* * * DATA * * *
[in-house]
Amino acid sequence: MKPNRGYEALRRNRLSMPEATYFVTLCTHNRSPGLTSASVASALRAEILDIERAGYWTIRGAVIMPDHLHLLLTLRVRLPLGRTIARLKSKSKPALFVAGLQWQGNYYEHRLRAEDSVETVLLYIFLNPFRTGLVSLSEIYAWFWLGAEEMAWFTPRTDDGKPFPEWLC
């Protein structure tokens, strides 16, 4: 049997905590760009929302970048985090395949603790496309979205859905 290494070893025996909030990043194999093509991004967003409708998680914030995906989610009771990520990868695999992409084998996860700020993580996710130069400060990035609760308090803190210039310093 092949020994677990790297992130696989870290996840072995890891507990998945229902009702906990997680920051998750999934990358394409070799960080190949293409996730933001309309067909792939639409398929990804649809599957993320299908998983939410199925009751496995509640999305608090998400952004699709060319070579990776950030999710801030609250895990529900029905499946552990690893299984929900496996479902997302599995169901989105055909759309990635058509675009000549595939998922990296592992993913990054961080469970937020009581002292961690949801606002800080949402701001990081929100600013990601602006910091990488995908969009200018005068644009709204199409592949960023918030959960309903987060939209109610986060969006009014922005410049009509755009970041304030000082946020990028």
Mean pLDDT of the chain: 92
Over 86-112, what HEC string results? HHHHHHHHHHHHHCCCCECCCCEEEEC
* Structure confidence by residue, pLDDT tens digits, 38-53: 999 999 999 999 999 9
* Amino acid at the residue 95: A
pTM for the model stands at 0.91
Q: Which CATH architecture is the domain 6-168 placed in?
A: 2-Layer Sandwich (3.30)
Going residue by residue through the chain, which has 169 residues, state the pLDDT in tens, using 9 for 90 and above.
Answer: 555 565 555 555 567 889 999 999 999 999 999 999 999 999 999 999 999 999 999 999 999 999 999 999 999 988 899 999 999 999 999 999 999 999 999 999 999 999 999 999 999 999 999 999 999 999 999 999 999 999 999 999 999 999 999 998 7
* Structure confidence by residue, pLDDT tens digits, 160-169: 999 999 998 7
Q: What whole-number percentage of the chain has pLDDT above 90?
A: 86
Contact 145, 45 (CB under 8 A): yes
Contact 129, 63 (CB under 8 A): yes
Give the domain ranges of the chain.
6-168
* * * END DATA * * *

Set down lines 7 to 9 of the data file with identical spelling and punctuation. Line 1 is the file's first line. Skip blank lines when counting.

* Amino acid at the residue 95: A
pTM for the model stands at 0.91
Q: Which CATH architecture is the domain 6-168 placed in?